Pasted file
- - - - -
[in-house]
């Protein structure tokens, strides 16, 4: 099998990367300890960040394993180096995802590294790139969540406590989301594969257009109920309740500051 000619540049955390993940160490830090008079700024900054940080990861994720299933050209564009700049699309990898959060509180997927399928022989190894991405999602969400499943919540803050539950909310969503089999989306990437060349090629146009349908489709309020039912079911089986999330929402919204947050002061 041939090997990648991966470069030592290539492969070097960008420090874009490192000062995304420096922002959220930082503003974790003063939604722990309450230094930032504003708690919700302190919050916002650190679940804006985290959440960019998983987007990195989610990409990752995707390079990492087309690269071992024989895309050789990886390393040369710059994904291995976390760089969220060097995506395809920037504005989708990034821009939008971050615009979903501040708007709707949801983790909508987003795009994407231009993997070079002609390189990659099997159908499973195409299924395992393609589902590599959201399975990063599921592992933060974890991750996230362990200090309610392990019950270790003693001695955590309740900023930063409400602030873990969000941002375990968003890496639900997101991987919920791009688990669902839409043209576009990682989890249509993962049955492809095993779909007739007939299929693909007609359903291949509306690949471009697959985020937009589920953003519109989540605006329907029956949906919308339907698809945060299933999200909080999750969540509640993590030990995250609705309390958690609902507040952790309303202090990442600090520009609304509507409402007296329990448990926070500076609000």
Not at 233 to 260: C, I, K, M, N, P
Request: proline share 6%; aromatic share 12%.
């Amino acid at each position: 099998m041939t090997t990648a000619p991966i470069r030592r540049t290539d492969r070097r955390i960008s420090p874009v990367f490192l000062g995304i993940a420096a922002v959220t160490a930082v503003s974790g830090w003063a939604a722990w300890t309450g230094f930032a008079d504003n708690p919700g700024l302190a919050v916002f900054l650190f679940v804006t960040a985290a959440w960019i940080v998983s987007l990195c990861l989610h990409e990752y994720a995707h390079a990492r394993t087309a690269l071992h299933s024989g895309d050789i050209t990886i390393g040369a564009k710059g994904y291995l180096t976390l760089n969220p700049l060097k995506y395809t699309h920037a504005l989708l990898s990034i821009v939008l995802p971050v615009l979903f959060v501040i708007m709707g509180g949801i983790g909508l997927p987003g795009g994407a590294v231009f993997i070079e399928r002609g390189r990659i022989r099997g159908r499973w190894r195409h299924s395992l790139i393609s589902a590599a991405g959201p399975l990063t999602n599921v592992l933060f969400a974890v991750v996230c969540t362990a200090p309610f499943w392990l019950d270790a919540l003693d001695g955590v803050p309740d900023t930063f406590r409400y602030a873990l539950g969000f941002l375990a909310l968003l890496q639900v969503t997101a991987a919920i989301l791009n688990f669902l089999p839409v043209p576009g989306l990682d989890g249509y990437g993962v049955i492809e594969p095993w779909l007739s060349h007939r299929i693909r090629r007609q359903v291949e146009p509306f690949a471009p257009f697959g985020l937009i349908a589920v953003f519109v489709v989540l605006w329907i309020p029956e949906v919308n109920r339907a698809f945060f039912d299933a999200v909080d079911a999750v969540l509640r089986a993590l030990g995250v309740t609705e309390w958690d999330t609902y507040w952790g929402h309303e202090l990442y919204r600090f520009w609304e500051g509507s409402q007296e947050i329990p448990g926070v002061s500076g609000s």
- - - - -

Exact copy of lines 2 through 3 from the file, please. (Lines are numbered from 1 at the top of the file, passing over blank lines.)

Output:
């Protein structure tokens, strides 16, 4: 099998990367300890960040394993180096995802590294790139969540406590989301594969257009109920309740500051 000619540049955390993940160490830090008079700024900054940080990861994720299933050209564009700049699309990898959060509180997927399928022989190894991405999602969400499943919540803050539950909310969503089999989306990437060349090629146009349908489709309020039912079911089986999330929402919204947050002061 041939090997990648991966470069030592290539492969070097960008420090874009490192000062995304420096922002959220930082503003974790003063939604722990309450230094930032504003708690919700302190919050916002650190679940804006985290959440960019998983987007990195989610990409990752995707390079990492087309690269071992024989895309050789990886390393040369710059994904291995976390760089969220060097995506395809920037504005989708990034821009939008971050615009979903501040708007709707949801983790909508987003795009994407231009993997070079002609390189990659099997159908499973195409299924395992393609589902590599959201399975990063599921592992933060974890991750996230362990200090309610392990019950270790003693001695955590309740900023930063409400602030873990969000941002375990968003890496639900997101991987919920791009688990669902839409043209576009990682989890249509993962049955492809095993779909007739007939299929693909007609359903291949509306690949471009697959985020937009589920953003519109989540605006329907029956949906919308339907698809945060299933999200909080999750969540509640993590030990995250609705309390958690609902507040952790309303202090990442600090520009609304509507409402007296329990448990926070500076609000």
Not at 233 to 260: C, I, K, M, N, P